I wonder if people will ever say, Let's hear about Frodo and the Ring. And they'll say, Yes, that's one of my favorite stories. Frodo was really courageous, wasn't he, Dad? Yes, m'boy, the most famousest of hobbits. And that's saying a lot.
Good Morning! said Bilbo, and he meant it. The sun was shining, and the grass was very green. But Gandalf looked at him from under long bushy eyebrows that stuck out further than the brim of his shady hat. What do you mean? he said. Do you wish me a good morning, or mean that it is a good morning whether I want it or not; or that you feel good this morning; or that it is a morning to be good on? All of them at once, said Bilbo. And a very fine morning for a pipe of tobacco out of doors, into the bargain... Good morning! he said at last. We don't want any adventures here, thank you! You might try over The Hill or across The Water. By this he meant that the conversation was at an end. What a lot of things you do use Good morning for! said Gandalf. Now you mean that you want to get rid of me, and that it won't be good till I move off.
In those days of our tale, there were still some people who had both elves and heroes of the North for ancestors and Elrond, the master of the house, was their chief. He was as noble and as fair in face as an elf lord, as strong as a warrior, as wise as a wizard, as venerable as a king of dwarves and as kind as summer.
If I am to understand that you are enquiring whether I am of Jewish origin, I can only reply that I regret that I appear to have no ancestors of that gifted people. My great-great-grandfather came to England in the eighteenth century from Germany: the main part of my descent is therefore purely English, and I am an English subject?which should be sufficient. I have been accustomed, nonetheless, to regard my German name with pride, and continued to do so throughout the period of the late regrettable war, in which I served in the English army. I cannot, however, forbear to comment that if impertinent and irrelevant inquiries of this sort are to become the rule in matters of literature, then the time is not far distant when a German name will no longer be a source of pride.
Far over the misty mountains cold to dungeons deep and caverns old we must away ere break of day to seek the pale enchanted gold. The dwarves of yore made mighty spells, while hammers fell like ringing bells in places deep, where dark things sleep, in hollow halls beneath the fells. For ancient king and elvish lord there many a gleaming golden hoard they shaped and wrought, and light they caught to hide in gems on hilt of sword. On silver necklaces they strung the flowering stars, on crowns they hung the dragon-fire, in twisted wire they meshed the light of moon and sun. Far over the misty mountains cold to dungeons deep and caverns old we must away, ere break of day, to claim our long-forgotten gold. Goblets they carved there for themselves and harps of gold; where no man delves there lay they long, and many a song was sung unheard by men or elves. The pines were roaring on the height, the wind was moaning in the night. The fire was red, it flaming spread; the trees like torches blazed with light. The bells were ringing in the dale and men looked up with faces pale; the dragon's ire more fierce than fire laid low their towers and houses frail. The mountain smoked beneath the moon; the dwarves, they heard the tramp of doom. They fled their hall to dying fall beneath his feet, beneath the moon. Far over the misty mountains grim to dungeons deep and caverns dim we must away, ere break of day, to win our harps and gold from him!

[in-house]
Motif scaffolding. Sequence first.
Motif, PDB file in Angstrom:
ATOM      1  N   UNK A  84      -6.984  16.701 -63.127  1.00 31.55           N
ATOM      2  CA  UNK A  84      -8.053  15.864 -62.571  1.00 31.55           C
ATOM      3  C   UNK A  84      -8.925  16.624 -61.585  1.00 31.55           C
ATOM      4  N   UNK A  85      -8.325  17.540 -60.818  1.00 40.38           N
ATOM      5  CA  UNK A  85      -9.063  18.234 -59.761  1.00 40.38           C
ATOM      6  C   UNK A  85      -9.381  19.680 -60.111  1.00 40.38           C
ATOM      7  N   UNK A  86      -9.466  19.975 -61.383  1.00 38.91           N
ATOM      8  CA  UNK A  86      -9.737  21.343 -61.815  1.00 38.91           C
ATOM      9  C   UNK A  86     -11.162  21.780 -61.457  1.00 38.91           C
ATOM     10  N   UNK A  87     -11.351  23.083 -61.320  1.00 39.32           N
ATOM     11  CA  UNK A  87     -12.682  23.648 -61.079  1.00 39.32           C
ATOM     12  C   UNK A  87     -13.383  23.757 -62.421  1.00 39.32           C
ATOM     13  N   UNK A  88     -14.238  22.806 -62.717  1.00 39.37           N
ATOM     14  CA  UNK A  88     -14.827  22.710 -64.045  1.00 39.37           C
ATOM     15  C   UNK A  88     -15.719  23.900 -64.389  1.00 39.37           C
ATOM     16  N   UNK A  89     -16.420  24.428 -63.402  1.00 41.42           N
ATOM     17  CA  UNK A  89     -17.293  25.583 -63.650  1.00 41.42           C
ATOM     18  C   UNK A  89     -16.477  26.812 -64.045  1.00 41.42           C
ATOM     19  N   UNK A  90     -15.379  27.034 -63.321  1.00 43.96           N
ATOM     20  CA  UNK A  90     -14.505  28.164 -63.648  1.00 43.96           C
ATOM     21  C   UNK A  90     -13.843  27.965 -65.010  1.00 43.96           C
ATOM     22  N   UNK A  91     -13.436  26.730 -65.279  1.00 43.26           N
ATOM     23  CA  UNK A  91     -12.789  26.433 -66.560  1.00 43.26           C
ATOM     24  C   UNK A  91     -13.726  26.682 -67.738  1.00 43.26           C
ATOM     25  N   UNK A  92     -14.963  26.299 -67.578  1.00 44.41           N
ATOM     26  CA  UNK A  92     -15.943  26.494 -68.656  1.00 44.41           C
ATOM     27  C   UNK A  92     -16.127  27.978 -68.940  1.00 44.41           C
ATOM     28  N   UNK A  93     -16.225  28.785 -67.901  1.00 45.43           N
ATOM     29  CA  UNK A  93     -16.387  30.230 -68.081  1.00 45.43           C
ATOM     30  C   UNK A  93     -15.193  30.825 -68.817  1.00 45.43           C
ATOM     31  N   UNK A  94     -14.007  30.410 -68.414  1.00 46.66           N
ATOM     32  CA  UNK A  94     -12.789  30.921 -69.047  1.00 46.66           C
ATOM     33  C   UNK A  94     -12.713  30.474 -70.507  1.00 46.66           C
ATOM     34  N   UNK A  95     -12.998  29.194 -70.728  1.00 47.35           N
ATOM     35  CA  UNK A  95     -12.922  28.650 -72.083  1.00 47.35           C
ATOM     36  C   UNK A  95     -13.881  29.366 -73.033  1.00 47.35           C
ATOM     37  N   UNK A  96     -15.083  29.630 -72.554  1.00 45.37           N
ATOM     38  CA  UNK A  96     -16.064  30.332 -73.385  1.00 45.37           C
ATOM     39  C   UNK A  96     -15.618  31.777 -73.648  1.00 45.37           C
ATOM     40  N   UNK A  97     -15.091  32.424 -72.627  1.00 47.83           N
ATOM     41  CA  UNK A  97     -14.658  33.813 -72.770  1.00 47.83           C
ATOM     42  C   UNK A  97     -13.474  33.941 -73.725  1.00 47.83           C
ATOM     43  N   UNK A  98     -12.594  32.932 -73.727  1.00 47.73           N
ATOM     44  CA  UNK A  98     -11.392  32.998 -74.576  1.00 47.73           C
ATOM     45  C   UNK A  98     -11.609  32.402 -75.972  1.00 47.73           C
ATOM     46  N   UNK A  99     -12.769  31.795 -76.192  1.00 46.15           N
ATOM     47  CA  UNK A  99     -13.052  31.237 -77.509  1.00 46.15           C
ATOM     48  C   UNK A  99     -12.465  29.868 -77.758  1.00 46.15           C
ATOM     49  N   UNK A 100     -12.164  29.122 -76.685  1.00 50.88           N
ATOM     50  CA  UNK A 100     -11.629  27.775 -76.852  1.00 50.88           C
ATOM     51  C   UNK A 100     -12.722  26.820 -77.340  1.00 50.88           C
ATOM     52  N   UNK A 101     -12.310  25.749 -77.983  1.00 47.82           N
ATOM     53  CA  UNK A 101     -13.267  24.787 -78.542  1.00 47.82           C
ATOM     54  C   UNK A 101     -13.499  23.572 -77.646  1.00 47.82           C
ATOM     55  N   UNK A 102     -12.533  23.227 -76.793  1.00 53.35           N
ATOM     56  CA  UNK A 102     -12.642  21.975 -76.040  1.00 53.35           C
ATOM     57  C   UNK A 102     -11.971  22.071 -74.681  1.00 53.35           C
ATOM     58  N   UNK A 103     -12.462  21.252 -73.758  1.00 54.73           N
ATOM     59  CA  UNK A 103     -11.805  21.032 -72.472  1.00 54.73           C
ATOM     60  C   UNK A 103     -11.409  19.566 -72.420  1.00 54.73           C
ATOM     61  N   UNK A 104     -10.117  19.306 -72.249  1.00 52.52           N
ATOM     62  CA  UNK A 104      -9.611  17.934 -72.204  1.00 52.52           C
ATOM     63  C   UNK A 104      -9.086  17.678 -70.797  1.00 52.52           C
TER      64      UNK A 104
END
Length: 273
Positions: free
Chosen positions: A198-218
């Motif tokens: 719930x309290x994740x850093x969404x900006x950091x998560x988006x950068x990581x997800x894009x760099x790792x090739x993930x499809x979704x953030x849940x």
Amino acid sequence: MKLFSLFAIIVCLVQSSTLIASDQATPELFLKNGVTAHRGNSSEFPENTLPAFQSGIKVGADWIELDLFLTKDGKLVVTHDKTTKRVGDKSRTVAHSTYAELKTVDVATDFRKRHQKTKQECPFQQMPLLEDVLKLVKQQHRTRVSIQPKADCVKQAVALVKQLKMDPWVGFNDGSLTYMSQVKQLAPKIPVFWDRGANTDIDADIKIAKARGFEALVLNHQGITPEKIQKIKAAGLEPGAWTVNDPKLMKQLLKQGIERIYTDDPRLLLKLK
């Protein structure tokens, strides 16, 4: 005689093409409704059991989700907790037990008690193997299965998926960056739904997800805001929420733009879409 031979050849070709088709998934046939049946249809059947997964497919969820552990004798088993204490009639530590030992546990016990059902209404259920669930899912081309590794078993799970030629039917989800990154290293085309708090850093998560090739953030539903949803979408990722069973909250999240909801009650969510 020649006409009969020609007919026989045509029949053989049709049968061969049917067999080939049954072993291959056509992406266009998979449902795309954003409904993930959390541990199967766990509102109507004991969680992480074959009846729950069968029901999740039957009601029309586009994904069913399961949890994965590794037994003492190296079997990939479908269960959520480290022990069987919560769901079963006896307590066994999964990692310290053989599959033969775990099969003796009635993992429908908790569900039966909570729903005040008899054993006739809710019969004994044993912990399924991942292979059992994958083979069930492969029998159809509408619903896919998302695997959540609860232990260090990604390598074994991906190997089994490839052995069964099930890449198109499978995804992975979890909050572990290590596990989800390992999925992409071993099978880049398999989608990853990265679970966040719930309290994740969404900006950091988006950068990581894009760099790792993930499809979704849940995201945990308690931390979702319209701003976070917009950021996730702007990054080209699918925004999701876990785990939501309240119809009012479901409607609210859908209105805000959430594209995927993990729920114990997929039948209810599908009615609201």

If you want to know what cram is, I can only say that I don?t know the recipe; but it is biscuitish, keeps good indefinitely, is supposed to be sustaining, and is certainly not entertaining, being in fact very uninteresting except as a chewing exercise.
If thou hadst thy will what wouldst thou reserve? said Manwe. Of all thy realm what dost thou hold dearest? All have their worth, said Yavanna, and each contributes to the worth of the others. But the kelvar can flee or defend themselves, whereas the olvar that grow cannot. And among these I hold trees dear. Long in the growing, swift shall they be in the felling, and unless they pay toll with fruit upon their bough little mourned in their passing. So I see in my thought, would that the trees might speak on behalf of all things that have roots, and punish those that wrong them!